Once you have the electronics board free, gently scrape the contacts (2 spring type from the battery, 2 flat on the PCB) with a plastic blade to remove the small amount of corrosion that has formed around them: the contacts should now look evenly bright). Re-assemble just the electronics board & battery connectors into the mechanism housing, place the motor armature in position (the gear & attached magnet that sit by the solenoid coil), and insert the battery. If the armature now "ticks" (& it did not before you cleaned the contacts), you likely have fixed the problem.
Carefully re-assemble the mechanism, re-attach it to the face, & re-attach the hands, making sure that the hands will not foul on themselves or anything else as they rotate. Use a gentle blower on the mech to make sure that you have not introduced any dirt.
If cleaning the contacts does not work (too corroded), then you can bodge the connections by soldering a ~30 gauge copper magnet wire to each contact on the PCB & wire-wrap the other end around their respective battery connectors. The connector bars on these clocks don't seem amenable to soldering, so tight wire-wrapping (so that the edge of the connector bar cuts slightly into the bared wire) is the only option, unless you are good at micro-riveting! Again, if you are that good at soldering you probably don't need more help!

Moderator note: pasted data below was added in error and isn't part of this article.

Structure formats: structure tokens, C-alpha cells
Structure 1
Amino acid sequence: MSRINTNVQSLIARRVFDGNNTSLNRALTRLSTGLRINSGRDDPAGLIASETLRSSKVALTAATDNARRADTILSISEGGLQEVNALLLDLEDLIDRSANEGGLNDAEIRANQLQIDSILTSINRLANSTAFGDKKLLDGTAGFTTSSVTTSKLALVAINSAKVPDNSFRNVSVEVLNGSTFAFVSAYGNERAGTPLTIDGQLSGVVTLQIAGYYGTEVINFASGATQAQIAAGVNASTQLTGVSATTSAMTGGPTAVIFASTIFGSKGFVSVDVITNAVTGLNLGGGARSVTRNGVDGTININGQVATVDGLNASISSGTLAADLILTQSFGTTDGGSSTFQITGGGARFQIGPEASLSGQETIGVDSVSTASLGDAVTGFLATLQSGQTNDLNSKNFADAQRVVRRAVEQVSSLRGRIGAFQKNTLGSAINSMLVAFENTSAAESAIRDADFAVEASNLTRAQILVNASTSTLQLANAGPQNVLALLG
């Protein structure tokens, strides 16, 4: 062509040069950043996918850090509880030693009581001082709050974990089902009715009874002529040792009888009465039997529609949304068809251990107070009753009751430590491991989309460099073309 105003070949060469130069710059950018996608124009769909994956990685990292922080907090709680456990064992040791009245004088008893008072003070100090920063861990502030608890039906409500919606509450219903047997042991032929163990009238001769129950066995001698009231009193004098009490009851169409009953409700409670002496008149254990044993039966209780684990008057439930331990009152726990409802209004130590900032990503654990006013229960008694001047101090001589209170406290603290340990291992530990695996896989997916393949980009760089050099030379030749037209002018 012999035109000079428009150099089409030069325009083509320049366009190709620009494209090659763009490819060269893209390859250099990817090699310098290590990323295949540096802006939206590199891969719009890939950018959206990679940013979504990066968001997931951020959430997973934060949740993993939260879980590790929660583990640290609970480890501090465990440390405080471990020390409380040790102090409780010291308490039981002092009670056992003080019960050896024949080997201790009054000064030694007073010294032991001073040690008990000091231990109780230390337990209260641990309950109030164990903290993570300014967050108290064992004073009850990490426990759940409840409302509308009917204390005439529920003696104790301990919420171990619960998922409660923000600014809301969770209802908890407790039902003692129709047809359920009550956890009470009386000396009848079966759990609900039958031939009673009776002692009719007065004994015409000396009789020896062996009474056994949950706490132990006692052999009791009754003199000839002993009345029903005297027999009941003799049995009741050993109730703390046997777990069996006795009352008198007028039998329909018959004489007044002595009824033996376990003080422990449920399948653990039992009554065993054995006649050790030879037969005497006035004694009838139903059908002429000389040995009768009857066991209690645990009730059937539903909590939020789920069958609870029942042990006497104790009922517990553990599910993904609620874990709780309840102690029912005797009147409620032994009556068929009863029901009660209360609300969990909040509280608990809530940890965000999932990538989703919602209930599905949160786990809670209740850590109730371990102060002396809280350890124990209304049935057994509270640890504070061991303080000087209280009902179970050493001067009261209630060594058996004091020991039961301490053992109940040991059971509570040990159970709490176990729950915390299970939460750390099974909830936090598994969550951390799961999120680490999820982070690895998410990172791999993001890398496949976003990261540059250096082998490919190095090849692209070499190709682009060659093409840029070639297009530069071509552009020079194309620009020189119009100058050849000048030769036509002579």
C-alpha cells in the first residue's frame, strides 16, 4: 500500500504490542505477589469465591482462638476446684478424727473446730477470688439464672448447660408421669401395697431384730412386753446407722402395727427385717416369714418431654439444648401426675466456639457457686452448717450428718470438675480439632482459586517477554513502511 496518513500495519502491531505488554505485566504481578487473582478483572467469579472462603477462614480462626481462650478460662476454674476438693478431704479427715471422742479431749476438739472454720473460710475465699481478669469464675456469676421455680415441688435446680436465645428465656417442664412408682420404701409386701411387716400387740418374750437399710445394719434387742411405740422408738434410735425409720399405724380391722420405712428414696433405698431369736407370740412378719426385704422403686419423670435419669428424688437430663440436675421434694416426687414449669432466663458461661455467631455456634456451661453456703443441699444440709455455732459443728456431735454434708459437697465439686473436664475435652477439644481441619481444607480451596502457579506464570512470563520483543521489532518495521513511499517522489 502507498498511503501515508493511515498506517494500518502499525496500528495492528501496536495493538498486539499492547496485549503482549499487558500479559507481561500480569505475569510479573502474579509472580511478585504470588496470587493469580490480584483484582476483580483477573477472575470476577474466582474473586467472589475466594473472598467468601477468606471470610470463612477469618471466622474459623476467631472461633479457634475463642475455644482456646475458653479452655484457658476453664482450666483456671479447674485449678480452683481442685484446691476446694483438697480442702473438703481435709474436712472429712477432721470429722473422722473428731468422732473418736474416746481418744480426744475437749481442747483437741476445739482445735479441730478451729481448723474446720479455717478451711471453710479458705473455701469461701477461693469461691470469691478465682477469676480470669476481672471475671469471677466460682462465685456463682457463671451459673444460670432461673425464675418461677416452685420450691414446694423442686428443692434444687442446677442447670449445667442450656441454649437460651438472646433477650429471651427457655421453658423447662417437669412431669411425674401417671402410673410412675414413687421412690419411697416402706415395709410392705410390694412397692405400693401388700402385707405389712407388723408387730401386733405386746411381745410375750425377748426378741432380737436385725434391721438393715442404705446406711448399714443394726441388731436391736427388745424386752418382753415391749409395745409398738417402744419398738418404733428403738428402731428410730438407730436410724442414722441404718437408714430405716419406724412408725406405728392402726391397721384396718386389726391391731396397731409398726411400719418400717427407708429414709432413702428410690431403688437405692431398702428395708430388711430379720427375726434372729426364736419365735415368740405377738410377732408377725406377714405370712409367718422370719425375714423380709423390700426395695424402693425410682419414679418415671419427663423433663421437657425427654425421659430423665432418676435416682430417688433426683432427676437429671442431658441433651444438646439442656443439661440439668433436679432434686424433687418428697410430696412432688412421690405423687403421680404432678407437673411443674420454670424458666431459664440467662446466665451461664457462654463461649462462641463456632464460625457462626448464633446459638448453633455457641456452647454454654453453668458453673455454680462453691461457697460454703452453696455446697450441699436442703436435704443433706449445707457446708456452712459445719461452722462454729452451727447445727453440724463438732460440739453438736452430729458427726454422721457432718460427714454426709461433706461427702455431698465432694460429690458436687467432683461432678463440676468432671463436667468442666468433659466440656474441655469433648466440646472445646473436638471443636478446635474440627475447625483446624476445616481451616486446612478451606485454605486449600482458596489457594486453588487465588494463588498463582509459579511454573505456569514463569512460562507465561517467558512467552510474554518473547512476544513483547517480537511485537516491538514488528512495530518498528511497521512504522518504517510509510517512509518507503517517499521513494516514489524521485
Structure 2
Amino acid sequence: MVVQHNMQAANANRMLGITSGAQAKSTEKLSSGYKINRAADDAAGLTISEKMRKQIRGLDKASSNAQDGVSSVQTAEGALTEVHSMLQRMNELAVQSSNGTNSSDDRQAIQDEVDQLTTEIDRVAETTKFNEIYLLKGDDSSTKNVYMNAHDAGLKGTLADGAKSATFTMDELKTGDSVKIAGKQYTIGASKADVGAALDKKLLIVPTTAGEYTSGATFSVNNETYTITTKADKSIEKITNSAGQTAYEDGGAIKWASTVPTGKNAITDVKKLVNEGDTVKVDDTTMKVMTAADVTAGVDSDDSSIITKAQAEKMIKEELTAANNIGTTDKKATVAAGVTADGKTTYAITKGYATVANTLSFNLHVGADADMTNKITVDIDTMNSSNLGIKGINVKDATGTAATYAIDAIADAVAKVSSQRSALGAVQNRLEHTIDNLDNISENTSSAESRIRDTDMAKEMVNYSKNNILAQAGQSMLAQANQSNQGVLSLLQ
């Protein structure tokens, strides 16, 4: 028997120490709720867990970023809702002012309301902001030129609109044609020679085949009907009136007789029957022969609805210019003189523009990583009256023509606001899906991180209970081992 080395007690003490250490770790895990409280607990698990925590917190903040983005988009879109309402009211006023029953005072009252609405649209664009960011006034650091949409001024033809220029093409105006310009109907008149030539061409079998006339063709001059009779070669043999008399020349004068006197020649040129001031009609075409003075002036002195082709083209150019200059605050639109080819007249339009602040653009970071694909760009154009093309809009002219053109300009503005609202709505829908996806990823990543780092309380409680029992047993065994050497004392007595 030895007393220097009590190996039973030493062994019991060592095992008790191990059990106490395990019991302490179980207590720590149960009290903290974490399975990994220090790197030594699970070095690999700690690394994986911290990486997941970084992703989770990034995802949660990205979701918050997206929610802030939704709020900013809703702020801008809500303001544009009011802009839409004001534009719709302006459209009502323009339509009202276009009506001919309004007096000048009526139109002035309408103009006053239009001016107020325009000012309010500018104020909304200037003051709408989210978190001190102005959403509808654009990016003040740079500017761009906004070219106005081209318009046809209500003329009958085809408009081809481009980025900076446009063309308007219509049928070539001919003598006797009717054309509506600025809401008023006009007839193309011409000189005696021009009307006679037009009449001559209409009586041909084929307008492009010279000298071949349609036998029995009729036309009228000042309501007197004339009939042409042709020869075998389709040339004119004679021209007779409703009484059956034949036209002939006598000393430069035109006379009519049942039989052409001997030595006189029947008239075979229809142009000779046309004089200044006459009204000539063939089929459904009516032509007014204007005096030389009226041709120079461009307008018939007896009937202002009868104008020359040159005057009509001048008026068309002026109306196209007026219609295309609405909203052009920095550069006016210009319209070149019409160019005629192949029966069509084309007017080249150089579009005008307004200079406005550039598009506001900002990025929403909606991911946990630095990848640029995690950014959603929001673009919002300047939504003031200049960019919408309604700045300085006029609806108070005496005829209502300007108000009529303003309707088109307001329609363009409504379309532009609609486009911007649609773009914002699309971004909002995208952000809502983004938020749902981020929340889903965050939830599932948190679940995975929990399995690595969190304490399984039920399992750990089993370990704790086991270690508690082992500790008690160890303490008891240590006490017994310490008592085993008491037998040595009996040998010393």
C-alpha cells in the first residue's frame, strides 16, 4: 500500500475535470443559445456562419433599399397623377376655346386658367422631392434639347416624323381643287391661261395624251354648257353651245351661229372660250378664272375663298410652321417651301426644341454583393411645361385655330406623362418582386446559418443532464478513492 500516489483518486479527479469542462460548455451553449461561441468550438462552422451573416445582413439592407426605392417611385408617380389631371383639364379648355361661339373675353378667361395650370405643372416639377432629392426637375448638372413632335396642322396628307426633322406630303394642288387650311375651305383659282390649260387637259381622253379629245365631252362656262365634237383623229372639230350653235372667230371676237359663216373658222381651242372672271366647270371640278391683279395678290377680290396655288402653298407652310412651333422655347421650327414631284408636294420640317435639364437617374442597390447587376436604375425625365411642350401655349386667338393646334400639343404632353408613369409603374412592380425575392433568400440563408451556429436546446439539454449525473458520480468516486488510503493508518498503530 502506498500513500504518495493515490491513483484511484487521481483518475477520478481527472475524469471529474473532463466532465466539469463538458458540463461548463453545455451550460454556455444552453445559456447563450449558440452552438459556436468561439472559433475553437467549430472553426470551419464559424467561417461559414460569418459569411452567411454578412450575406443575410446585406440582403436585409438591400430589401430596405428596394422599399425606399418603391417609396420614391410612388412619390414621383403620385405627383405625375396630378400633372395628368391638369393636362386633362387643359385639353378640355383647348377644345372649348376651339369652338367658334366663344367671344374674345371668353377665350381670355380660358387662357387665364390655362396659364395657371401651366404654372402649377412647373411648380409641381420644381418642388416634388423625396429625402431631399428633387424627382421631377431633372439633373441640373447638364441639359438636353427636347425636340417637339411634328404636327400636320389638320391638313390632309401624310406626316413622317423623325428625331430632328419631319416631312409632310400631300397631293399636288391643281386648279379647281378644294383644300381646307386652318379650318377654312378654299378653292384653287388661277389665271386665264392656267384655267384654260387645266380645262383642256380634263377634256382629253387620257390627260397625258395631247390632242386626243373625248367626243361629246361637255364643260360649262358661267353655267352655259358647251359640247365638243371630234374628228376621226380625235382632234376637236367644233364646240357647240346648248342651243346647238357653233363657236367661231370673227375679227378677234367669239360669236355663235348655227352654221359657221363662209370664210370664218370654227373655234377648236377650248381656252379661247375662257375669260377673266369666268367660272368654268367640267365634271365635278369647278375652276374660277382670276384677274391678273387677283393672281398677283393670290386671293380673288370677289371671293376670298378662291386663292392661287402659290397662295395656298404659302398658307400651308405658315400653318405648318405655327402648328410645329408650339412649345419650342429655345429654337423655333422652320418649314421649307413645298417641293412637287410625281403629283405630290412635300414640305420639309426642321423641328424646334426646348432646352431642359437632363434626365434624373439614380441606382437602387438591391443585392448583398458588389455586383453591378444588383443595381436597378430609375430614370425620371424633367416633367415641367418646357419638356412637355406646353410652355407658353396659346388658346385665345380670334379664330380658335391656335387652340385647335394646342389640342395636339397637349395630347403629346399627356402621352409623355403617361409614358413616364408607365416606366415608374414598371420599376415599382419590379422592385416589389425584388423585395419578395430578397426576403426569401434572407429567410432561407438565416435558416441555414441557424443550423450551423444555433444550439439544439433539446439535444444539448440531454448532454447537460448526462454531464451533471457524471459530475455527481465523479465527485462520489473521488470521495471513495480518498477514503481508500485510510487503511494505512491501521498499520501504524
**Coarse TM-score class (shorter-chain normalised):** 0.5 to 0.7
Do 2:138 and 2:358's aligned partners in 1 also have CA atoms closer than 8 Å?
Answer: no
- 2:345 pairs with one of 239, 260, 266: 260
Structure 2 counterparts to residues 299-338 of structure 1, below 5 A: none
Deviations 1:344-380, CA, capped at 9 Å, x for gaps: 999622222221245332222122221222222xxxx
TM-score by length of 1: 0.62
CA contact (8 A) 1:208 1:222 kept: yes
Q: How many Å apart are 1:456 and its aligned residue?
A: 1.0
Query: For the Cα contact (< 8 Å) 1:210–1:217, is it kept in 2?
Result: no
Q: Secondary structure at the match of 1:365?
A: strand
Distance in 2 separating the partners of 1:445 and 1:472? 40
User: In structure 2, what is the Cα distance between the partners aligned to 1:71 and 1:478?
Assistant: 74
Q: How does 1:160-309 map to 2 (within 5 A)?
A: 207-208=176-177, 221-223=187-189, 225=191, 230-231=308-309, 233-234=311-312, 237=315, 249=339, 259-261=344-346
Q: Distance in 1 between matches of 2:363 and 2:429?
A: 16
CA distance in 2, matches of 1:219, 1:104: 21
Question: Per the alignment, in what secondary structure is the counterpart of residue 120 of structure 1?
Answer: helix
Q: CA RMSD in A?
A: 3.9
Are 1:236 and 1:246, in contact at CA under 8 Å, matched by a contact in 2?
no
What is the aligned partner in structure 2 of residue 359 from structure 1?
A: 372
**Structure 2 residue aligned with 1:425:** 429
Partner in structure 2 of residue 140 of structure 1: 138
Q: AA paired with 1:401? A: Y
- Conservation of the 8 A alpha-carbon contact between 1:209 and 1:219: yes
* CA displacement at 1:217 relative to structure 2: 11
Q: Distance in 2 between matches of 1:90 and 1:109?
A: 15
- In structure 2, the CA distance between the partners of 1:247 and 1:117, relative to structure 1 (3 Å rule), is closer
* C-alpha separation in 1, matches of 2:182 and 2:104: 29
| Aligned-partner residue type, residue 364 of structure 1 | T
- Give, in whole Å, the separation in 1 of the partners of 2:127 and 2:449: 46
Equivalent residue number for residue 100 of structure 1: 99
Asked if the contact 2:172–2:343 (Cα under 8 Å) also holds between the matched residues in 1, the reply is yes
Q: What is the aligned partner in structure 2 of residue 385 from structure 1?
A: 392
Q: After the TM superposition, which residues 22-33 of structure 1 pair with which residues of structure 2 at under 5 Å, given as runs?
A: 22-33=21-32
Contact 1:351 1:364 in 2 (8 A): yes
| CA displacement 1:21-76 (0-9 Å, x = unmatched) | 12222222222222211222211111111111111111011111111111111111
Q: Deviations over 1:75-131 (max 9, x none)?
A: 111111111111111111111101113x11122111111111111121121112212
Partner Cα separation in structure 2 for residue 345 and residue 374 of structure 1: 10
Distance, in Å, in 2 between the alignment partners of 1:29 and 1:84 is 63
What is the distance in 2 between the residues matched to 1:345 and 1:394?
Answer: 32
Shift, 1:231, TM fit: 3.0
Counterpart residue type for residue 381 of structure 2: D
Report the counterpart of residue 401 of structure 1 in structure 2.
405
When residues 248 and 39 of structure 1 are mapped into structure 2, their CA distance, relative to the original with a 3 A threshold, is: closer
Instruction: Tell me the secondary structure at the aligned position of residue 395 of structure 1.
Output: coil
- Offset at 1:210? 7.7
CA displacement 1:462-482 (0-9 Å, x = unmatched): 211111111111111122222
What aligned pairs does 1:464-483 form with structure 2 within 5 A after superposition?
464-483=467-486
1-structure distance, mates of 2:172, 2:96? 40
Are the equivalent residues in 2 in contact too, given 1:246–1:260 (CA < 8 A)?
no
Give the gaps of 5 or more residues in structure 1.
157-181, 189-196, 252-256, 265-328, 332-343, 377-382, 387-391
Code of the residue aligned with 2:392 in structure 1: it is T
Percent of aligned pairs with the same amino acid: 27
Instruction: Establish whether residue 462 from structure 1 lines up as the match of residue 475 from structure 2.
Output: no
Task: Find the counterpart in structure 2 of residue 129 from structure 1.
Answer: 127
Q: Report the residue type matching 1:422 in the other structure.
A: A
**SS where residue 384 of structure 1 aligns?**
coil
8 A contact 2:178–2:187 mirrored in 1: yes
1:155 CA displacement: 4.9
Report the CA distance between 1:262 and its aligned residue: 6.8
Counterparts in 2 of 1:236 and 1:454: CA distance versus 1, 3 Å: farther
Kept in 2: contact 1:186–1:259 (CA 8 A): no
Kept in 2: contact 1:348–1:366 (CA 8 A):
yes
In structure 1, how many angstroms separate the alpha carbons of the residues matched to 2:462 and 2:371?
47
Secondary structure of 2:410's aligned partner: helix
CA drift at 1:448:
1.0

About 15 minutes work & no parts cost, & you keep the original hands & sound of your clock! Good luck!
It probably does take longer to read than perform! But if you include the time taken to select and order a replacement, it's still probably quicker to repair than replace, and why throw away a perfectly serviceable unit?
But if you can't comprehend some fairly simple instructions . . .
Where else are you going to buy it? If I could find that part in a local store, I would buy it locally. Since I can't find it locally, I'm paying $18 for the part to fix my clock. Or I can just buy a whole new clock....
Thanks for this video. It was very helpful... I found a 27 inch clock in the trash and want to repair it so I can fill it with pictures and place on my bedroom wall. Was checking the cost of a clock that size and they start around $100. This will save me a ton...Thanks again.
Oh my gosh. I've had a little clock in my husbands man cave that stopped working several years ago but I keep it out just because I like the look of it. Never occurred to me that I could fix it. I'm a clock person and have them all over the house. I think table clocks are an under rated decorator touch. I love your little clock and how great that the new mechanism doesn't tick! Laurie
Check out the company I used. Until I spoke with them I didn't know I had to find exactly the right size mechanism for my clock. Buying the right kind and size made all the difference! Thanks for watching!